|Single by Muddy Waters|
|B-side||"Young Fashioned Ways"|
|Format||7" 45 RPM, 10" 78 RPM|
|Recorded||May 24, 1955 in Chicago, Illinois|
|Writer(s)||McKinley Morganfield, Mel London, Ellas McDaniel|
|Producer(s)||Leonard Chess, Phil Chess|
|Muddy Waters singles chronology|
"Mannish Boy" (or "Manish Boy") is a blues standard by Muddy Waters first recorded in 1955. It is both an arrangement of and an "answer song" to Bo Diddley's "I'm a Man", which was in turn inspired by Waters' and Willie Dixon's "Hoochie Coochie Man", in first release it was titled "Manish Boy."
Muddy Waters versions
The original version of "Mannish Boy" was recorded in Chicago on May 24, 1955, under the title "Manish Boy." Accompanying Muddy Waters were Jimmy Rogers on guitar, Junior Wells on harmonica, Fred Below on drums, and an un-identified female chorus. The original version was the only recording done by Muddy Waters between January 1953 and June 1957 that did not feature Little Walter on harmonica (who was on tour supporting his then-number one hit "My Babe" and thus unavailable for the recording session) and was one of few studio recordings with Junior Wells.
Waters recorded several versions of "Mannish Boy" during his career. In 1968, he recorded it for the Electric Mud album in Marshall Chess' attempt to attract the rock market. After he left Chess, he recorded it for the 1977 Hard Again album which was produced by Johnny Winter. The song also was included on the live album Muddy "Mississippi" Waters - Live (1979). Waters also performed it at The Band's farewell concert The Last Waltz, and the performance was included in the documentary film of the concert as well as on the film's soundtrack of the same title.
Charts and accolades
In 1986, Muddy Waters' original "Mannish Boy" was inducted into the Blues Hall of Fame "Classics of Blues Recordings" category. It was also included in the Rock and Roll Hall of Fame's list of the "500 Songs that Shaped Rock and Roll". "Mannish Boy" is ranked #229 in Rolling Stone magazine's list of the "500 Greatest Songs of All Time".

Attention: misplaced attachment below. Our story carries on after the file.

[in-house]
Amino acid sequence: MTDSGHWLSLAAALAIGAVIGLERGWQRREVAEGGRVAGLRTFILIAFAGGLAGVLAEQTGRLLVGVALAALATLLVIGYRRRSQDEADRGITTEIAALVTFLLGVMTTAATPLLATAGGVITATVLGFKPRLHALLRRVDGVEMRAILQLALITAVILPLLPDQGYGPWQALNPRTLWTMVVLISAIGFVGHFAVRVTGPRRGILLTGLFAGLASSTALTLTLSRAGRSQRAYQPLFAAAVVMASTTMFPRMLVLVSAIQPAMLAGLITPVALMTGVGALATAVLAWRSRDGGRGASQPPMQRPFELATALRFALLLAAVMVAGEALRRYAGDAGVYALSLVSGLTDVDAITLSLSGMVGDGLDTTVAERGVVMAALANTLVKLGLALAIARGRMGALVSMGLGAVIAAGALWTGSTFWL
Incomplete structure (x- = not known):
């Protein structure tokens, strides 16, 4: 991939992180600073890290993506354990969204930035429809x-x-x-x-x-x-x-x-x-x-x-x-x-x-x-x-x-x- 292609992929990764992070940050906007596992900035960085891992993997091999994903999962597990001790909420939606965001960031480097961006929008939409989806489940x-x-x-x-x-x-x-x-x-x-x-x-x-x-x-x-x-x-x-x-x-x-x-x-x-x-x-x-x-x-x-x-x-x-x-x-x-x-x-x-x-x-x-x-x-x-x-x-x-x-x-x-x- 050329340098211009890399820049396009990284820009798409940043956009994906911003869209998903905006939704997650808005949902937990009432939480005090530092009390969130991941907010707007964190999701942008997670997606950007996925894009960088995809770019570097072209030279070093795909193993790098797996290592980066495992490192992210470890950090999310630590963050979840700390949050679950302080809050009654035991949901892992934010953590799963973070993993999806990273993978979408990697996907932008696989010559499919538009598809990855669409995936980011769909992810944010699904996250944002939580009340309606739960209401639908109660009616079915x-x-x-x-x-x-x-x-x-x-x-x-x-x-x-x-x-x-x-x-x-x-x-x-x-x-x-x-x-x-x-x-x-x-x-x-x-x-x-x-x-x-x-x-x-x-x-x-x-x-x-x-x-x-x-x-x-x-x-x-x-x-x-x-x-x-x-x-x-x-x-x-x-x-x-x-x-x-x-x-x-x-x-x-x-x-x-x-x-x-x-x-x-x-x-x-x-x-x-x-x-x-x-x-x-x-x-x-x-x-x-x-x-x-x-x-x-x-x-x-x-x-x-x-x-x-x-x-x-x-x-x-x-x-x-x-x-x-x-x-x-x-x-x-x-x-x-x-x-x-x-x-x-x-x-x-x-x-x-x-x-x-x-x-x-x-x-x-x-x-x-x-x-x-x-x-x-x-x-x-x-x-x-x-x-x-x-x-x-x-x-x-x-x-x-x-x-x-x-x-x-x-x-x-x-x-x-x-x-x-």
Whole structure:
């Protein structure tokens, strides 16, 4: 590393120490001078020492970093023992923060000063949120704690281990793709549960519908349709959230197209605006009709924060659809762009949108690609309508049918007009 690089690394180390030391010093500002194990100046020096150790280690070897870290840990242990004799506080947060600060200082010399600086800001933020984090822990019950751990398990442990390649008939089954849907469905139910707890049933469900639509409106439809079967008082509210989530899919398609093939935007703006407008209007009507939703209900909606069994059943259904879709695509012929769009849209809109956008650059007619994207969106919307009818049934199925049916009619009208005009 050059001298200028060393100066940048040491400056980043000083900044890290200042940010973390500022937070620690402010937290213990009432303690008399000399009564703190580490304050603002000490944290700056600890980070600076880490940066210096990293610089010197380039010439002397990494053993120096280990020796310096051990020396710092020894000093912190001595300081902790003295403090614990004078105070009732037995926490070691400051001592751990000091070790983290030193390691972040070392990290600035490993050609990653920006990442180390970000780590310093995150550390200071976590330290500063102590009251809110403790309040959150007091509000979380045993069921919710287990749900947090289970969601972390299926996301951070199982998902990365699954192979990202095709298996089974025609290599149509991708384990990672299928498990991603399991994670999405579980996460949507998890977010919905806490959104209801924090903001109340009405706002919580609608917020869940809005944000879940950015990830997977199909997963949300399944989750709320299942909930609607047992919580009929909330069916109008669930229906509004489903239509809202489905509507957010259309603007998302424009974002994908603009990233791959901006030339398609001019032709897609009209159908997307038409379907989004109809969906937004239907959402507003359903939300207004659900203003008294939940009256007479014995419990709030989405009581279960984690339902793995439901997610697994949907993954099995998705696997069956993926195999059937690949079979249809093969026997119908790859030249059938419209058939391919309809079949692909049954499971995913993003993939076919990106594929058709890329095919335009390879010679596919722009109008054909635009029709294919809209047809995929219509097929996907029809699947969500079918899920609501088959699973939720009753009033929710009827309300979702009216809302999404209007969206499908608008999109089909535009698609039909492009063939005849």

Paul Butterfield covered the song in 1986 on his album The Legendary Paul Butterfield Rides Again.
Elliott Murphy covered "Mannish Boy" in 2005 on Murphy gets Muddy.
Black Stone Cherry performed a heavier version along with "Hoochie Coochie Man" in October 2009 at Rockaplast in Germany.
The song was further rearranged in the 2003 Martin Scorsese documentary film series titled The Blues. In the fifth film, titled Godfathers and Sons and directed by Marc Levin, Mannish Boy was redone by The ElectriK Mud Kats (a.k.a. The Electric Mud Band, Muddy Waters' backing group from his album Electric Mud) with vocals by hip hop artists Chuck D, Common & Kyle Jason.
A version of the song performed by "The Mannish Boys" was featured during the credits at the end of the 2007 movie, What Love Is.
- George R. White; Robert L. Campbell; Tom Kelly. "The Chess Label Part II (1953–1955)". Robert Campbell. Clemson, South Carolina: Clemson University. Retrieved March 7, 2011.
- Gilliland, John (1969). "Show 4 - The Tribal Drum: The rise of rhythm and blues. [Part 2]" (audio). Pop Chronicles. Digital.library.unt.edu.
- Herzhaft, Gerard (1992). Encyclopedia of the Blues. University of Arkansas Press. p. 454. ISBN 1-55728-252-8.
- "Risky Business". AllMusic.
- Whitburn, Joel (1988). Top R&B Singles 1942-1988. Record Research. p. 435. ISBN 0-89820-068-7.
- "Muddy Waters". The Official Charts Company. Retrieved March 7, 2011.
- "Blues Hall of Fame - Inductees". Blues Foundation. 1986. Retrieved October 30, 2009.
- "500 Songs That Shaped Rock and Roll (Artists W-Z)". Rock and Roll Hall of Fame. Archived from the original on February 8, 2009.
- Jann S. Wenner, ed. (December 9, 2004). "The 500 Greatest Songs of All Time". Rolling Stone (United States: Jann S. Wenner) (963). Archived from the original on December 4, 2010.
- "The Blues . The Songs & the Artists . Discography . Godfathers and Sons". PBS. Retrieved 2014-06-13.
- Erykah-badu.com Archived August 7, 2011, at the Wayback Machine.